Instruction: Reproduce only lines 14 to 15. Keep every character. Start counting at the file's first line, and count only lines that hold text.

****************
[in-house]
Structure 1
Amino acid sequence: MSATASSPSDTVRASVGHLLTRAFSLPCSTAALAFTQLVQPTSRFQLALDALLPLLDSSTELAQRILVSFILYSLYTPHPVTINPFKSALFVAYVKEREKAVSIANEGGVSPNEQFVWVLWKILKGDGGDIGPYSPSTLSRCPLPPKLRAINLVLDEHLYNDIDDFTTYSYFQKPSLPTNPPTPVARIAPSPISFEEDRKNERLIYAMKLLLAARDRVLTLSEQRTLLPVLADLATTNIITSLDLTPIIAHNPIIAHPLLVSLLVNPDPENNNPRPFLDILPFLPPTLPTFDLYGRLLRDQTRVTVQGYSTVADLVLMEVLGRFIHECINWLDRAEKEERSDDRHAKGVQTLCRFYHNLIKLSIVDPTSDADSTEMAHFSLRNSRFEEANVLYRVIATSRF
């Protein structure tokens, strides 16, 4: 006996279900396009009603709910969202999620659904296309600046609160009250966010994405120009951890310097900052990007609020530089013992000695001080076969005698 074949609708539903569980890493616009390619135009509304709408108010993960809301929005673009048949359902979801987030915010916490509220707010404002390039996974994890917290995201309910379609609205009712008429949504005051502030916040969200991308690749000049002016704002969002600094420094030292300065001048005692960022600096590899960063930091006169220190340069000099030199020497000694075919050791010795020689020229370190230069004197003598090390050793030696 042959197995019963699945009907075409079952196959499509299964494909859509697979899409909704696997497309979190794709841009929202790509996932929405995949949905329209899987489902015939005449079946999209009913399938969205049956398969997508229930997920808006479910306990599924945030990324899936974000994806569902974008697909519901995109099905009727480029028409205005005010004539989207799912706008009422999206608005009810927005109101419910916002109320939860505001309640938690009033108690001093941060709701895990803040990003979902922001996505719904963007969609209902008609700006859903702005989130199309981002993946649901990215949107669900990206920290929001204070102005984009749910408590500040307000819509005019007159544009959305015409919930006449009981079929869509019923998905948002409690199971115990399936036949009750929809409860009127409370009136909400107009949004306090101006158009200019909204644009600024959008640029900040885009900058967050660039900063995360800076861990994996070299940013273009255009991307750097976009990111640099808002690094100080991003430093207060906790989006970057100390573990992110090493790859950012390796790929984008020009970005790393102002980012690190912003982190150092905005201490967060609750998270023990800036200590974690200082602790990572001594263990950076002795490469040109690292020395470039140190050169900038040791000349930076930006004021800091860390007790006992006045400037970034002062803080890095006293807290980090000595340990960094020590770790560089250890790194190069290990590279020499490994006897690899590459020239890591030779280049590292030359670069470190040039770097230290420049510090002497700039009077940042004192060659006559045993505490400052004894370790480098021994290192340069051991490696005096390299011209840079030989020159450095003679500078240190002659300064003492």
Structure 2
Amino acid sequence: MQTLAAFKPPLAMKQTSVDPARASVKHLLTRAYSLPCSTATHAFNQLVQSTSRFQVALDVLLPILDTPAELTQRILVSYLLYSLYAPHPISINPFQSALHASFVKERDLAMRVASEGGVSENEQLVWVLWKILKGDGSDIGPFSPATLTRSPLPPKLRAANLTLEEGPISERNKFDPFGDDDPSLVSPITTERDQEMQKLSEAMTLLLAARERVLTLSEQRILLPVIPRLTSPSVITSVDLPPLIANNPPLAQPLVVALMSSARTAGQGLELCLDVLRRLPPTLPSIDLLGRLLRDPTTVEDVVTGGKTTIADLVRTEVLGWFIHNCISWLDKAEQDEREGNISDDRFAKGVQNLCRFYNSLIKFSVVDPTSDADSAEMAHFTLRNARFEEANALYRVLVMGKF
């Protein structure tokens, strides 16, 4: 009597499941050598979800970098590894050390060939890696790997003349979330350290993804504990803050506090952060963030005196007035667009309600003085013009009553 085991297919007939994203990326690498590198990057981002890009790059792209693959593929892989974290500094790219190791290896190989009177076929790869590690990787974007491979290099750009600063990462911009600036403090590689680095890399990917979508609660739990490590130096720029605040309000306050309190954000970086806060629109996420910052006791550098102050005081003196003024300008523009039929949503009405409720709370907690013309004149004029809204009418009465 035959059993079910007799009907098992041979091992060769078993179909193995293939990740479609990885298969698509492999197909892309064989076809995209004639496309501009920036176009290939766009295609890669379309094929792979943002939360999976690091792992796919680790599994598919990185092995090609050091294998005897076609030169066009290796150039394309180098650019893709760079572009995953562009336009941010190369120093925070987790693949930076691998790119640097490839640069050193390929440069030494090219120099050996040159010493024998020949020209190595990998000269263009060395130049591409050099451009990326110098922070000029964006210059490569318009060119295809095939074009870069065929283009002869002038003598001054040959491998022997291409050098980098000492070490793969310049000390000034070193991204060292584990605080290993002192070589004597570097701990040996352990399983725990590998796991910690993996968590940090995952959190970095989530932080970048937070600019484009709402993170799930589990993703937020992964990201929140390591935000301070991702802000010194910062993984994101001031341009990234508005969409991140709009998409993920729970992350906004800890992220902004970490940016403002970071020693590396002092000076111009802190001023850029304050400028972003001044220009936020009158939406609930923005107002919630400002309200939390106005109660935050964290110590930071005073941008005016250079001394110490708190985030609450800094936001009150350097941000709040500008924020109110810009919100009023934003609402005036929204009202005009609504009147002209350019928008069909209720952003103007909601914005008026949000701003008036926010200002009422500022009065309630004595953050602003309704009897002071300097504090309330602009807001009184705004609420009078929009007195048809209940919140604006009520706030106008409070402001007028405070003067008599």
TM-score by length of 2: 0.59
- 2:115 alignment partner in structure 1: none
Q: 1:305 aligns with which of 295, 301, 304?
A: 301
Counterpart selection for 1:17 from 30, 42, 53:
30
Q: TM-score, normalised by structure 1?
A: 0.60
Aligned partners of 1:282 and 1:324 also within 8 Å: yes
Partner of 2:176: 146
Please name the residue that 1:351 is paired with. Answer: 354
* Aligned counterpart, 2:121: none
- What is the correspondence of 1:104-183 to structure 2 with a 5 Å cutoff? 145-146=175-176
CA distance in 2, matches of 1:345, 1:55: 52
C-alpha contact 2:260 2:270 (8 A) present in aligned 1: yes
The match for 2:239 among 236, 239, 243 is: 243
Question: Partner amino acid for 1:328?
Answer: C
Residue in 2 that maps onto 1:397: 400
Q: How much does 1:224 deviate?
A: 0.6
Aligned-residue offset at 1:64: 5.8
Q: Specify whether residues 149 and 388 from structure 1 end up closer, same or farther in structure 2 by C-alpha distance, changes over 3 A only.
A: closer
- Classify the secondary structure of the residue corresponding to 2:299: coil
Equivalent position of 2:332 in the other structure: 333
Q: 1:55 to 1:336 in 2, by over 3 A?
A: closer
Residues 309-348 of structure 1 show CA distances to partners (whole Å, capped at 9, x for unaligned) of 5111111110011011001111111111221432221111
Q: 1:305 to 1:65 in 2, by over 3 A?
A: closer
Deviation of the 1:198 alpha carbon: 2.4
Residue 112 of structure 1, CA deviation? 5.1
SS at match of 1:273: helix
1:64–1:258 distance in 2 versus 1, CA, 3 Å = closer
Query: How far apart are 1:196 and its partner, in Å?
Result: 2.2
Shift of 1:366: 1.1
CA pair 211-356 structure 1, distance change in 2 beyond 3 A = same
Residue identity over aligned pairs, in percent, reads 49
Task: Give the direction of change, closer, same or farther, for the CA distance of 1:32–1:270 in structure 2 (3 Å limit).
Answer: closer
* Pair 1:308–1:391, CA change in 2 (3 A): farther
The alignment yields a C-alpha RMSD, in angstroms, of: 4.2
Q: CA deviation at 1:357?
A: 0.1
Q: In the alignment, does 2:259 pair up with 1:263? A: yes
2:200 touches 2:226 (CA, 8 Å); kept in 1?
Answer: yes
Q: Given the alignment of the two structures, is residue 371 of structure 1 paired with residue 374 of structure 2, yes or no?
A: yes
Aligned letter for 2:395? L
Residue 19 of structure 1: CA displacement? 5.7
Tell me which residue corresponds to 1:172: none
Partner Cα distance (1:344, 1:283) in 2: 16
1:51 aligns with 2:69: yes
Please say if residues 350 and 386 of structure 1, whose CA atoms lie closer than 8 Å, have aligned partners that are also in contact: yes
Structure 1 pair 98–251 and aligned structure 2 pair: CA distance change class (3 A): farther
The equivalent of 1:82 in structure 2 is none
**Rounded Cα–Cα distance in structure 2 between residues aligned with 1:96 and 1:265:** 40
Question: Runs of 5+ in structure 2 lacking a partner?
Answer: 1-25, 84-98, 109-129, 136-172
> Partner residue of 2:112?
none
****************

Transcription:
Q: TM-score, normalised by structure 1?
A: 0.60